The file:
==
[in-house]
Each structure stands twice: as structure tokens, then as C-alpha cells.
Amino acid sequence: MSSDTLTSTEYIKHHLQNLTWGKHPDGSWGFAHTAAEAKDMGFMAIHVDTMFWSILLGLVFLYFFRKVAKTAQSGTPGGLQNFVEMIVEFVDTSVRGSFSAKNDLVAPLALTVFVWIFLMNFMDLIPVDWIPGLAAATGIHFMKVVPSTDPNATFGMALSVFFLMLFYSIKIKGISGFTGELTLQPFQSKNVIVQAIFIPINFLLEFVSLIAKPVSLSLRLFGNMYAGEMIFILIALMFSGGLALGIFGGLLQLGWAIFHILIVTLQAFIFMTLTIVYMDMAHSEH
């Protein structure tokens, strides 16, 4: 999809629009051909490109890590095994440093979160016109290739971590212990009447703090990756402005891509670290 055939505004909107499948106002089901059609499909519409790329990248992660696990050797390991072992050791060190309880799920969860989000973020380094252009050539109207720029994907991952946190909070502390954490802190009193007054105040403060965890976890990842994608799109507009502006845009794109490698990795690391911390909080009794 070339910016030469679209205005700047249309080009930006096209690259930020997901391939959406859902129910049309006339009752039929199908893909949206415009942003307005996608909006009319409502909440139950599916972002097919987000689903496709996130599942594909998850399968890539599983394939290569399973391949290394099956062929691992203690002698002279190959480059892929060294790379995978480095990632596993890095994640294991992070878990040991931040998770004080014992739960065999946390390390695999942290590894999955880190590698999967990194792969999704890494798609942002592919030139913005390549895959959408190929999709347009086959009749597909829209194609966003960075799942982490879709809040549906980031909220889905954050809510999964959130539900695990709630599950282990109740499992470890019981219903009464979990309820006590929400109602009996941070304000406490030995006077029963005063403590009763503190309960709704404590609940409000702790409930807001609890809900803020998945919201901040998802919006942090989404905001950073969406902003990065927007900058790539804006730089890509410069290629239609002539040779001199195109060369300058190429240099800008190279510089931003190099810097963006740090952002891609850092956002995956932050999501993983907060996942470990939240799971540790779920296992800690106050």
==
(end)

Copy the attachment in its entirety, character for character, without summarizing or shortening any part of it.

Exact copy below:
[in-house]
Each structure stands twice: as structure tokens, then as C-alpha cells.
Amino acid sequence: MSSDTLTSTEYIKHHLQNLTWGKHPDGSWGFAHTAAEAKDMGFMAIHVDTMFWSILLGLVFLYFFRKVAKTAQSGTPGGLQNFVEMIVEFVDTSVRGSFSAKNDLVAPLALTVFVWIFLMNFMDLIPVDWIPGLAAATGIHFMKVVPSTDPNATFGMALSVFFLMLFYSIKIKGISGFTGELTLQPFQSKNVIVQAIFIPINFLLEFVSLIAKPVSLSLRLFGNMYAGEMIFILIALMFSGGLALGIFGGLLQLGWAIFHILIVTLQAFIFMTLTIVYMDMAHSEH
């Protein structure tokens, strides 16, 4: 999809629009051909490109890590095994440093979160016109290739971590212990009447703090990756402005891509670290 055939505004909107499948106002089901059609499909519409790329990248992660696990050797390991072992050791060190309880799920969860989000973020380094252009050539109207720029994907991952946190909070502390954490802190009193007054105040403060965890976890990842994608799109507009502006845009794109490698990795690391911390909080009794 070339910016030469679209205005700047249309080009930006096209690259930020997901391939959406859902129910049309006339009752039929199908893909949206415009942003307005996608909006009319409502909440139950599916972002097919987000689903496709996130599942594909998850399968890539599983394939290569399973391949290394099956062929691992203690002698002279190959480059892929060294790379995978480095990632596993890095994640294991992070878990040991931040998770004080014992739960065999946390390390695999942290590894999955880190590698999967990194792969999704890494798609942002592919030139913005390549895959959408190929999709347009086959009749597909829209194609966003960075799942982490879709809040549906980031909220889905954050809510999964959130539900695990709630599950282990109740499992470890019981219903009464979990309820006590929400109602009996941070304000406490030995006077029963005063403590009763503190309960709704404590609940409000702790409930807001609890809900803020998945919201901040998802919006942090989404905001950073969406902003990065927007900058790539804006730089890509410069290629239609002539040779001199195109060369300058190429240099800008190279510089931003190099810097963006740090952002891609850092956002995956932050999501993983907060996942470990939240799971540790779920296992800690106050």